Bomgar Access Levels for Support Providers
This article applies to: Bomgar
IT staff using Bomgar will be granted access privileges appropriate for their role. There are three levels of access.
The end user must be present for the session. To begin a session, the TSP sends an invitation (via email link or by sending the user to a URL and giving them a Session Key). A "mini-client" is downloaded and run by the end user. As the session progresses, each time the TSP requires a different type of access (screen sharing, file transfer, system information, elevation of privileges, etc.) the end user will need to click on a prompt saying that they agree to this access. This is a customer-driven approach that involves the end user in the process of allowing a TSP control of the computer for troubleshooting. Support providers in CIT who are supporting end users outside of CIT will only use this type of access. When the session ends, the mini-client is automatically uninstalled.
Basic with "Jump" Ability
This level of access allows a TSP to work on a workstation in attended (interactive) mode as described above. It also permits the TSP to request permission to "pin" the mini-client to the user's computer. A pinned mini-client is called a Jump client. A TSP with these rights can start a new Bomgar support session with a pinned client without the client needing to download and run the mini-client again. In all other ways, the support session is exactly like the Basic session described above. The Jump client stays pinned until the TSP "unpins" it. After unpinning, the mini-client will be automatically uninstalled when the support session ends.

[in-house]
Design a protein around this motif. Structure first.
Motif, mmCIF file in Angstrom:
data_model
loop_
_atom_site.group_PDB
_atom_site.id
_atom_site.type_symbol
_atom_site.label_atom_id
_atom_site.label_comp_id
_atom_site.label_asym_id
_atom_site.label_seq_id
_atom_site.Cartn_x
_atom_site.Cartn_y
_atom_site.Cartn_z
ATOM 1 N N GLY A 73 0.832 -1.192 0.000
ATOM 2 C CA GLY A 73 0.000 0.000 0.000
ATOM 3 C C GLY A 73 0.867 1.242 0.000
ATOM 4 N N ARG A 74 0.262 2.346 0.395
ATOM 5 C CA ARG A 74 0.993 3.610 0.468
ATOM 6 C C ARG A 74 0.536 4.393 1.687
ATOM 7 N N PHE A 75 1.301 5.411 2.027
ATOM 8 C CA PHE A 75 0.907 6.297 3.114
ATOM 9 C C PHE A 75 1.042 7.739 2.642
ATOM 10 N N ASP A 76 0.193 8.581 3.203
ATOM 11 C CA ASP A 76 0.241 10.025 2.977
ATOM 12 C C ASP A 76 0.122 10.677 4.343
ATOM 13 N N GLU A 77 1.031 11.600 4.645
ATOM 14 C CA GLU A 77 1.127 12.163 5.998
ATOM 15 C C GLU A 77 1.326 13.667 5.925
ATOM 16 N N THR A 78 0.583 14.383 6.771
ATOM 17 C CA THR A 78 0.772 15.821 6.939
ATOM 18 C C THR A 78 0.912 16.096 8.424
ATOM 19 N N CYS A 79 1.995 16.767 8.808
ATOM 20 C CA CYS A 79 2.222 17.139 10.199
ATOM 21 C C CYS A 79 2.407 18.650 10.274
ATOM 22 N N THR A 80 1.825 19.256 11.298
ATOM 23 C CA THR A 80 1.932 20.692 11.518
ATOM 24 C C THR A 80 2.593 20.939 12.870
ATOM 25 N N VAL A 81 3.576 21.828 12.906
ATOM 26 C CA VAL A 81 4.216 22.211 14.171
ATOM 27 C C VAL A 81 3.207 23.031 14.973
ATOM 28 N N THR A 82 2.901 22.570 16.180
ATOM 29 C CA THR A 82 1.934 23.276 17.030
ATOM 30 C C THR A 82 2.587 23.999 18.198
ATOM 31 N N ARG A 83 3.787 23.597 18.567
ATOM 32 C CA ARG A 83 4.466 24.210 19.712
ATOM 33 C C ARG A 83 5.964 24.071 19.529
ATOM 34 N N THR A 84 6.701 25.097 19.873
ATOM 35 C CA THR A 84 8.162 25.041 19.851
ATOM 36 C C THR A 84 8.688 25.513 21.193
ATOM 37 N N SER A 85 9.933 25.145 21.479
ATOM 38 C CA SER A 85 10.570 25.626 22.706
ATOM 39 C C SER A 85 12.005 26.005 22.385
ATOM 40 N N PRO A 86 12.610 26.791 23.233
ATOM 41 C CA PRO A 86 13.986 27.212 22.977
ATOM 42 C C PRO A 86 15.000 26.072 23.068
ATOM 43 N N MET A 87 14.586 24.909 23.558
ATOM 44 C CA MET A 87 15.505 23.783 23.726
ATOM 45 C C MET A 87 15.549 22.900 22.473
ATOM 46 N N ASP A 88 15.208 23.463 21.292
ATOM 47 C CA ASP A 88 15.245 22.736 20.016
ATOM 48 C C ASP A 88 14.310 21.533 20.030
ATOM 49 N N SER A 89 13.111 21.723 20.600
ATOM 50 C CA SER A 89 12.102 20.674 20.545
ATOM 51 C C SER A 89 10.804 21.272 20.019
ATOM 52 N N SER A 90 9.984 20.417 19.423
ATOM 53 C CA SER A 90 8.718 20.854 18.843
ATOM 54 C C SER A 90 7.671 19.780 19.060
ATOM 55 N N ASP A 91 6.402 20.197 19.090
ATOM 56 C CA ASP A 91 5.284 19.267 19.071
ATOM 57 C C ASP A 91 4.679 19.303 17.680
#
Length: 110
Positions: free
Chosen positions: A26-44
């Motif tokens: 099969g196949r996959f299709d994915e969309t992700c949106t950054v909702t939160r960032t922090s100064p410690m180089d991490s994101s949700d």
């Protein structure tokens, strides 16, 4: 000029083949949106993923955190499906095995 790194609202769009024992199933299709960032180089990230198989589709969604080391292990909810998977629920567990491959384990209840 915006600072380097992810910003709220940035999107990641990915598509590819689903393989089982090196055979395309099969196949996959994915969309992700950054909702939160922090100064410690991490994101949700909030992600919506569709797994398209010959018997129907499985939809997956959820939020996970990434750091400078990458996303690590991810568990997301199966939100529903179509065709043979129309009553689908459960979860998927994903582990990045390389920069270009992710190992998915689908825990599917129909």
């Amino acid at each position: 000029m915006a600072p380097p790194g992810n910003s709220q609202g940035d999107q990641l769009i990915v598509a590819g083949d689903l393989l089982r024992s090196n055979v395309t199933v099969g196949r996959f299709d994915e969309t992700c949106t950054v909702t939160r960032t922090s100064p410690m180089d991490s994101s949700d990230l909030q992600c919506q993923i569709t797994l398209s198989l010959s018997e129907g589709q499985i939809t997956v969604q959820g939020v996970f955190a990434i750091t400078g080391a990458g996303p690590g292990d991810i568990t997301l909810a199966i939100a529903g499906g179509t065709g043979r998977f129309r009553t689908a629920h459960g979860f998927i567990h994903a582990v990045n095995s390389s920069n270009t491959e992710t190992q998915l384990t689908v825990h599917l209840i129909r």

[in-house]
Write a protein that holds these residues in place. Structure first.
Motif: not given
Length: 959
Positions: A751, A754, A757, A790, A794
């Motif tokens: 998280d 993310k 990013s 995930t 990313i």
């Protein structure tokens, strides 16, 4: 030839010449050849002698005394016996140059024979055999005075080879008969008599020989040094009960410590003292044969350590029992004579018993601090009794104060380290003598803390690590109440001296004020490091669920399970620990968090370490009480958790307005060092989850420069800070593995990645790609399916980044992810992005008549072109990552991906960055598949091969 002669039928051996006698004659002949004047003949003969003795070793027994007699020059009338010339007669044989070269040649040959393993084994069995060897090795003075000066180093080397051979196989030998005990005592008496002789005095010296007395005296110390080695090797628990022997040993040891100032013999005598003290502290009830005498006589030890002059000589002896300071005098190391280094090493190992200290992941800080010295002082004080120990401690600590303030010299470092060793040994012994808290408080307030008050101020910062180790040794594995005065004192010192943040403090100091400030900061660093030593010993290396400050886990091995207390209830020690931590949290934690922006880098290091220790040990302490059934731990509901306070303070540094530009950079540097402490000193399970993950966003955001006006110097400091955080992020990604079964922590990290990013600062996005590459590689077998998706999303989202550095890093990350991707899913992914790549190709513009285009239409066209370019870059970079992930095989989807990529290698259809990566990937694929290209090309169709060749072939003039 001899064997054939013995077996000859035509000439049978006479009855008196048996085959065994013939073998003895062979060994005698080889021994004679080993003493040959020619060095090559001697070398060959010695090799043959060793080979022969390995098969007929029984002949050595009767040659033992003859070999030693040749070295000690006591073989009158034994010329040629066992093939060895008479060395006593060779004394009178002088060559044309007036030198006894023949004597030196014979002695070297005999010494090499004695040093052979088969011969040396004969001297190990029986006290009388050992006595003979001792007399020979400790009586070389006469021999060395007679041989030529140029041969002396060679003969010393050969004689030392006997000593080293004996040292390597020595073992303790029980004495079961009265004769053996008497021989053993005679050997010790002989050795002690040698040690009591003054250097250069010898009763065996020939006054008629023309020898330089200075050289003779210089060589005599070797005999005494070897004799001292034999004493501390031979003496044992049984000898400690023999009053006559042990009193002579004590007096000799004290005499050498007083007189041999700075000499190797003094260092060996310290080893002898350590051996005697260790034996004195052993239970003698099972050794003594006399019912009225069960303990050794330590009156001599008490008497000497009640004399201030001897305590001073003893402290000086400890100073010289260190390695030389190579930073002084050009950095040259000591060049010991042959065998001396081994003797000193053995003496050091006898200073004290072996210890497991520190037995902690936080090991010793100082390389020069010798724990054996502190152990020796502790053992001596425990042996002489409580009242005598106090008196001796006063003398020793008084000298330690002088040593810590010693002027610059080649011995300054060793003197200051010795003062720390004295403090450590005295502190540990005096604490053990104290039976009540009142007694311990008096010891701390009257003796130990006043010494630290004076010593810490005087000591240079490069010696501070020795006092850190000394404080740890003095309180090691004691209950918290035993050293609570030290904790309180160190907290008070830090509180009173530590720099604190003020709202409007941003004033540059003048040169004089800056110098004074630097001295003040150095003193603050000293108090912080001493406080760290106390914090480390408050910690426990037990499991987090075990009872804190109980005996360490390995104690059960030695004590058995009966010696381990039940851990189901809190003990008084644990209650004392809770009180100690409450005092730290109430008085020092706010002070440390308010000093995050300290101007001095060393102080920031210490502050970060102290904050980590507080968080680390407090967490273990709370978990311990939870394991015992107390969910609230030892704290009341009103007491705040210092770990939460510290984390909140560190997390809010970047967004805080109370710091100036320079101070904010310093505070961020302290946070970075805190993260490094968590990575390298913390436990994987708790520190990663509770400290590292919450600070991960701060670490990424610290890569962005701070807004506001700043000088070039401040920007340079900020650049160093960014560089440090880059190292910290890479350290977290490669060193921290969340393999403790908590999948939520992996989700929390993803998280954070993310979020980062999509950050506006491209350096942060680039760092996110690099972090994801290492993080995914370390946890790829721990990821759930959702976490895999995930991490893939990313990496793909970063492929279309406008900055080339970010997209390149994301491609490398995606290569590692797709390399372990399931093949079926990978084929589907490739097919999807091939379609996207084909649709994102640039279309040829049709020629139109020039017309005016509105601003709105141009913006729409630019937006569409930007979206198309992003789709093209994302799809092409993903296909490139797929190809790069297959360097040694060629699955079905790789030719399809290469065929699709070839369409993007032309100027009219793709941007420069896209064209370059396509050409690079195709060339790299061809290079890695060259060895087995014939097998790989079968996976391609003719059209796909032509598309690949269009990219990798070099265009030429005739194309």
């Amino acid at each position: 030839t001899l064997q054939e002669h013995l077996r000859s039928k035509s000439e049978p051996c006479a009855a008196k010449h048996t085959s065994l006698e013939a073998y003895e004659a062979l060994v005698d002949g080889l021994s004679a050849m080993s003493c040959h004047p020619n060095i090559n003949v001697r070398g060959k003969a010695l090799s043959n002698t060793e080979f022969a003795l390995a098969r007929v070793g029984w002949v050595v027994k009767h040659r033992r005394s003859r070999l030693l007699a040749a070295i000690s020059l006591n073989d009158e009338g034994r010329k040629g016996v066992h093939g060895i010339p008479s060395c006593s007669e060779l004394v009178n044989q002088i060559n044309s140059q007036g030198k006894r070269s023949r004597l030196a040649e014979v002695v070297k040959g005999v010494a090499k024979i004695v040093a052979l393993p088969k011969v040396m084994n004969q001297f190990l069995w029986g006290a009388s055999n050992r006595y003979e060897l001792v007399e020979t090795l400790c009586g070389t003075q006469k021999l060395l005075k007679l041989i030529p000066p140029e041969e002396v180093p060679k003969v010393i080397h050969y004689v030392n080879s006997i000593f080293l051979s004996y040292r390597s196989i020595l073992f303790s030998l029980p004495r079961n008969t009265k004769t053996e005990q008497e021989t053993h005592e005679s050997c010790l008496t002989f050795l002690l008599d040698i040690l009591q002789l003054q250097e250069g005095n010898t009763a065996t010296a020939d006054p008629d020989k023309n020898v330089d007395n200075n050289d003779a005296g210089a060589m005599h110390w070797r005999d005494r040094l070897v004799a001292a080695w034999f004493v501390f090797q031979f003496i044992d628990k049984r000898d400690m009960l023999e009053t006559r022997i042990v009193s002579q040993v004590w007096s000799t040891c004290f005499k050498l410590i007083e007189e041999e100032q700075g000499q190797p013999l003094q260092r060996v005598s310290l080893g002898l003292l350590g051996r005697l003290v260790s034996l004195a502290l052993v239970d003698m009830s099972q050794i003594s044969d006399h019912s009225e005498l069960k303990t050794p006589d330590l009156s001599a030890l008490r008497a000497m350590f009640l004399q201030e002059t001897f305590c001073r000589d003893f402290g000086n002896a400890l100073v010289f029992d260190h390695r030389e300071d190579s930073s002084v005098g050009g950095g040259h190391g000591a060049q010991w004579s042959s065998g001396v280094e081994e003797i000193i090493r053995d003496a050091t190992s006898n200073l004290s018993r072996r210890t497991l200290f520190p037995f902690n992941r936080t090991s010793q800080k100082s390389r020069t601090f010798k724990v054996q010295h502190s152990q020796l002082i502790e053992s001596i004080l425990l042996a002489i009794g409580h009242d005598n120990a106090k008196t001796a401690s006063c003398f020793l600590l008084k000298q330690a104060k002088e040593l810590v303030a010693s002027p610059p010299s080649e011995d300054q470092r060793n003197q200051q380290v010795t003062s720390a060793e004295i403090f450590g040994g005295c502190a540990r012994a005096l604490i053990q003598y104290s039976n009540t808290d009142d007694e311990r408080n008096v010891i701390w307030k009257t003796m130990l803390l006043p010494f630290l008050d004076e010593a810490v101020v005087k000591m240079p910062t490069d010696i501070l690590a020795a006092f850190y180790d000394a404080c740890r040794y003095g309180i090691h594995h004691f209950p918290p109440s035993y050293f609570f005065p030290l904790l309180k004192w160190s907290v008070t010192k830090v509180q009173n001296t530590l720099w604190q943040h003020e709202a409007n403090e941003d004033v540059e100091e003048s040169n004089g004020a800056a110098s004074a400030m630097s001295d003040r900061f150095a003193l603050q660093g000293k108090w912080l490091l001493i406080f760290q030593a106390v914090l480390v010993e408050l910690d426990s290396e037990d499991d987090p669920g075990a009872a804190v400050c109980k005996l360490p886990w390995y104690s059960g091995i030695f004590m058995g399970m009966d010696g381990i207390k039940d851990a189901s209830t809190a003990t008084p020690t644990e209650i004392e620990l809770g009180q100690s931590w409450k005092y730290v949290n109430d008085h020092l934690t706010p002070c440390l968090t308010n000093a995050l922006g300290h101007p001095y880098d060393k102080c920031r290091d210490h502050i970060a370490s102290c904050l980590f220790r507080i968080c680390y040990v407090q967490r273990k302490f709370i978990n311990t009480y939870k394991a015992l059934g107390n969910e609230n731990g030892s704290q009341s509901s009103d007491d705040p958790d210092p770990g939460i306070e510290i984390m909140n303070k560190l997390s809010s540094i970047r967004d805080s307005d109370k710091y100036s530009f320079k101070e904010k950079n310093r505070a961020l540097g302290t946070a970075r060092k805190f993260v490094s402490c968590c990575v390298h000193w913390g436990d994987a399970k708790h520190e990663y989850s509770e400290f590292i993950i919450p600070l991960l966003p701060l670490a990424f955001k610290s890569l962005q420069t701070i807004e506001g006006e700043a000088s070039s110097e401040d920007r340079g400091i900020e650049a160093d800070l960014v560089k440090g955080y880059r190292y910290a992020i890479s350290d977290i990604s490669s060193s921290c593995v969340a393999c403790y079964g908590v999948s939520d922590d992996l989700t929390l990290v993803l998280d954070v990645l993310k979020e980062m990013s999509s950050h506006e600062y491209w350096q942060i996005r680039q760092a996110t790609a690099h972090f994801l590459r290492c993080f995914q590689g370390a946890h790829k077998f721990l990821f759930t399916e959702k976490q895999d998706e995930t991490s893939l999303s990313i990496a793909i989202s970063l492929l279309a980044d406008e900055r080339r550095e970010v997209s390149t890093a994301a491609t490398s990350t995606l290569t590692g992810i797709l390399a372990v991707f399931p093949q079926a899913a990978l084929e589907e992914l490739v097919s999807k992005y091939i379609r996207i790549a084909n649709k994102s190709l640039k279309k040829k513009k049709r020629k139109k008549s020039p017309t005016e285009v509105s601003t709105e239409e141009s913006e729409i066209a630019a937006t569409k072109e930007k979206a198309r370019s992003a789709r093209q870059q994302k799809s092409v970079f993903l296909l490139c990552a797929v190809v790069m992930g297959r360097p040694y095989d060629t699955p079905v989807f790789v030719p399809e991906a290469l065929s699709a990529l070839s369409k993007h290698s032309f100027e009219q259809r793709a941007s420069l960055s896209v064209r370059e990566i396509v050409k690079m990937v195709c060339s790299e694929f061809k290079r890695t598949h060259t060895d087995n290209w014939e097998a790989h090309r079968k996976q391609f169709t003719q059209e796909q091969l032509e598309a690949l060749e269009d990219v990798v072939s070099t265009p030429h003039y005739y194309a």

This level of access allows the TSP to begin a Bomgar support session without any involvement by the end user. This is the highest level of access and should only be granted to local TSPs who are known and trusted by end users. An unattended session requires that the jump client (described above) be present on the end user's computer. This can be done during a normal Bomgar session, through a group policy, or other mass methods determined by local IT leadership.
This type of access has the potential to be controversial in some parts of the university and should be carefully governed, as it provides the ability to TSPs to carry out access without user agreement. In the interests of reassuring end users, note that the TSP's actions are still visible on the end user’s computer, that is the dialog box and prompts still appear on the end user computer, but all prompts will be automatically affirmed. For fully unattended mode, the Bomgar "jump client" is left installed on the end user's computer, so that the TSP can start unattended support sessions as the need arises.
Once it has been determined which of these three levels of access are appropriate for a given TSP, local unit OU admins use the CornellAD tools to assign the TSPs to the appropriate group or groups.
See CornellAD Groups Associated with Bomgar for more information on the groups.